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May 11, 20171 found this helpful

I would not give my pet anything without consulting a vet.

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May 12, 20171 found this helpful

Spot treating with organic apple cider is helpful. Read this website about dogs and yeast infections. It is very detailed:

http://www.dogs  yeast-infection/

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By 0 found this helpful
August 26, 2016

I have 4 Chihuahuas. They all are itching even after bathing them with Dawn in case they have fleas. I am also treating them afterwards with a flea treatment. They all are still itching and some have bald spots from biting and gnawing on their backs. My one female is extremely itchy. She literally hides and when she comes out she cries and scratches her back on a table or anything that is the right height for her to rib against.

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I've looked things up on the internet and I believe she has a yeast infection on her back. She also crawls around to relieve the itch. My son read where you can give her Benadryl which I have been doing. She has a very foul odor that even bathing doesn't take away. Like I said I have treated her for fleas and when I check her I don't see any. Her skin on her back is black which leads me to believe it is a yeast infection. How can I treat this without taking her to the vet? As we have just lost our house and money is very tight. I feel so bad for her.

How can I get rid of it at home? I know the first thing they will try to give her is antibiotics. And I know in humans this can lead to a yeast infection. Having had it happen to me. We thought at first it was just hot spots. As I had a Shih Tzu who used to get them all the time. She doesn't seem to want to bite at it thankfully so I don't see any raw areas except around her genital area. Hence the crawling when she does come out of hiding. I'm ready to buy what we use to treat a yeast infection on us. But I'm afraid if she does start biting it will make her sick. Please help! I want her to get relief from this because I feel so bad for her. The others are itching and biting, but their skin isn't black like hers. Anybody know of a treatment that I can give her that won't harm her?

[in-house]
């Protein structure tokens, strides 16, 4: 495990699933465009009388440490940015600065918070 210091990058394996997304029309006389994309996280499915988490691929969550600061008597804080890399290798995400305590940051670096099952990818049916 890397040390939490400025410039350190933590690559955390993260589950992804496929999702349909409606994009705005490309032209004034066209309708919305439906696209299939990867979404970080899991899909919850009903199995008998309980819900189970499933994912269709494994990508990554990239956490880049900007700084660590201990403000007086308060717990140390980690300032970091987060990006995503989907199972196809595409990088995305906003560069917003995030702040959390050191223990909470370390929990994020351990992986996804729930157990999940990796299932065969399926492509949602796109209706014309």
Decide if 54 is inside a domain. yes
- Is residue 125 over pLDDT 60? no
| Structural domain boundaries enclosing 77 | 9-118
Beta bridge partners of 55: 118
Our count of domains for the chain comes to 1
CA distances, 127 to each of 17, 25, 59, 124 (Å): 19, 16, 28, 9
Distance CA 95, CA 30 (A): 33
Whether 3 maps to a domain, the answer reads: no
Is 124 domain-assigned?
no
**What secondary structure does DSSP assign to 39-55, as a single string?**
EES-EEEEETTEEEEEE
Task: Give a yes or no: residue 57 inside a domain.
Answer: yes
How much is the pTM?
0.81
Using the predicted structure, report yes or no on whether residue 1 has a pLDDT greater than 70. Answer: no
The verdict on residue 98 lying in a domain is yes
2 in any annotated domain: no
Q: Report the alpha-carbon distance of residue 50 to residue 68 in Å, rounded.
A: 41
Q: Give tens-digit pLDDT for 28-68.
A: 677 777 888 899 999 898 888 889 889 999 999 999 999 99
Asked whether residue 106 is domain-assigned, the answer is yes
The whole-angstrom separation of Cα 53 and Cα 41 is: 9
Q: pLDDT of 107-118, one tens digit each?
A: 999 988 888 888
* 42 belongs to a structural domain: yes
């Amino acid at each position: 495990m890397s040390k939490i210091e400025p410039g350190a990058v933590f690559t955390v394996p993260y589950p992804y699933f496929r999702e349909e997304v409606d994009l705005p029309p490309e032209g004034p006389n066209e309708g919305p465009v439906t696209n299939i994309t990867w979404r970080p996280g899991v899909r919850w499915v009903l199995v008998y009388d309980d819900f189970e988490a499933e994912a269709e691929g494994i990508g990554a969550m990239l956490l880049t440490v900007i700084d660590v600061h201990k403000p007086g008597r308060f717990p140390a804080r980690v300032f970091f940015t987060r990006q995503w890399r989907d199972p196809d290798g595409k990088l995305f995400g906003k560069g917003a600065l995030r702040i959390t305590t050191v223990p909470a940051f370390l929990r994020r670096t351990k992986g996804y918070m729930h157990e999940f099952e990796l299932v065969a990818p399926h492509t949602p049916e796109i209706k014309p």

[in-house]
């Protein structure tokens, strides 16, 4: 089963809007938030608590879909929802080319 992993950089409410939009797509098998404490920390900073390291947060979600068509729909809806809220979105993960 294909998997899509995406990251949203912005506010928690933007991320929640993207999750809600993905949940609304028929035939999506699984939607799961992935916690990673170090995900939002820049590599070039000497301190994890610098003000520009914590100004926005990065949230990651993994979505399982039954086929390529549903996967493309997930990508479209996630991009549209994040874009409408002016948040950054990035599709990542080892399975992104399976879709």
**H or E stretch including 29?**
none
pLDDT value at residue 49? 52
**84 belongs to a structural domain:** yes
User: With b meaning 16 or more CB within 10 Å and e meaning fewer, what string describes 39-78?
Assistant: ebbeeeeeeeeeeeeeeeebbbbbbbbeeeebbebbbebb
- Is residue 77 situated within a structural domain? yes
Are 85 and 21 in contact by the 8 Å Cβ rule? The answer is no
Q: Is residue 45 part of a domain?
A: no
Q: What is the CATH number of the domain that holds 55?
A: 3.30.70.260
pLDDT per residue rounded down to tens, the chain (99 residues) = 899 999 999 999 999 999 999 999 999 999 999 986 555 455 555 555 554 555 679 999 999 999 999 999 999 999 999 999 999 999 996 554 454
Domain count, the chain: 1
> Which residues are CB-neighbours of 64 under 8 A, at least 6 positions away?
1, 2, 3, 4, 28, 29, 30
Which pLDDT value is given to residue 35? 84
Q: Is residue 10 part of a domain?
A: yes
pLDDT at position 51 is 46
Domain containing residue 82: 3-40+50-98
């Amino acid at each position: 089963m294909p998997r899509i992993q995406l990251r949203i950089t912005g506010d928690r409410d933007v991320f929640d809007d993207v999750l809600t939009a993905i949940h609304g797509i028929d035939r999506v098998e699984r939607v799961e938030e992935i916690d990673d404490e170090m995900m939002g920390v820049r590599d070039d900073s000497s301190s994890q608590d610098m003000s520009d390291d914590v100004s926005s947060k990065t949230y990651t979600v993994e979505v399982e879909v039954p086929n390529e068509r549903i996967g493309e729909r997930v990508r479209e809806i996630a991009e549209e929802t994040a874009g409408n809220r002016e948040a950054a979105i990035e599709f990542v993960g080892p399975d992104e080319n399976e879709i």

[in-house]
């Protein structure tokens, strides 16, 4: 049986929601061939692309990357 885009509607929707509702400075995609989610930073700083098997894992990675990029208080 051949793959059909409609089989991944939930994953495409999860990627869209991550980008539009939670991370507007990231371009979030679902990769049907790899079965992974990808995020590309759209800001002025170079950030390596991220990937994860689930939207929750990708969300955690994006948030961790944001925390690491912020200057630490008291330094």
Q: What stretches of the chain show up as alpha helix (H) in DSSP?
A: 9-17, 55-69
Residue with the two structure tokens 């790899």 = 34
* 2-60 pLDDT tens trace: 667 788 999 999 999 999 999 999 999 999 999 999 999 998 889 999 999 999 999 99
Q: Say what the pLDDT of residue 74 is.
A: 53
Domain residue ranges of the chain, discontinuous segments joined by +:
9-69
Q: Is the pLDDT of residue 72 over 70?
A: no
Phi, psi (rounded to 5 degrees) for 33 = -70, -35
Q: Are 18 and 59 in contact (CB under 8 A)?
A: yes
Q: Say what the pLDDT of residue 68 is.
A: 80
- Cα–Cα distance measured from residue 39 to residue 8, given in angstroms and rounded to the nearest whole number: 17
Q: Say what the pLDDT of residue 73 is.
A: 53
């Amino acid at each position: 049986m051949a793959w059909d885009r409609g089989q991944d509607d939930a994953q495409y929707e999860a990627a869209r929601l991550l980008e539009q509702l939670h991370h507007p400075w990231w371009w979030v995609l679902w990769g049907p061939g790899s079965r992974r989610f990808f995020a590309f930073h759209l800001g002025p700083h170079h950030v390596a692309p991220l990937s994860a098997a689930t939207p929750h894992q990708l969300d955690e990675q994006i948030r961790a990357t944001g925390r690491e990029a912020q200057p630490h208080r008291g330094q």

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Anonymous
November 12, 20160 found this helpful
Best Answer

It really sounds like mange. My dogs got mange and they had all the symptoms you mentioned. One dog receive 2 doses of ivermectin, two weeks apart and the other got revolution, two weeks apart. They are both doing so much better now! Hair remains clean, shiny and smelling good.

My lab is still licking her privates a lot so I think she may also be infected with yeast as well. So that's my next thing. My chihuahua is not showing the same symptoms so I think now that her mange is gone she is fine.

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November 9, 20160 found this helpful

I had a wonderful lab that became really ill with yeast, and after doing some research found a really good natural treatment protocol at Nzymes.com. He was losing fur all over his face and the skin was puffy and blackish, along with thin patches on his body, chronic ear infections and strange itchy black skin patches all over his belly- he was constantly scratching. Vet check showed no mange. The supplements were easy to administer in his food, and it wasn't long before he started to improve, then fully healed within several months. The longer they've had the issue, the longer it will take to resolve. At the very least, get your dog on some probiotics. But I highly recommend the Nzyme supplements, and it's cheaper than going to the vets! Good luck! Chris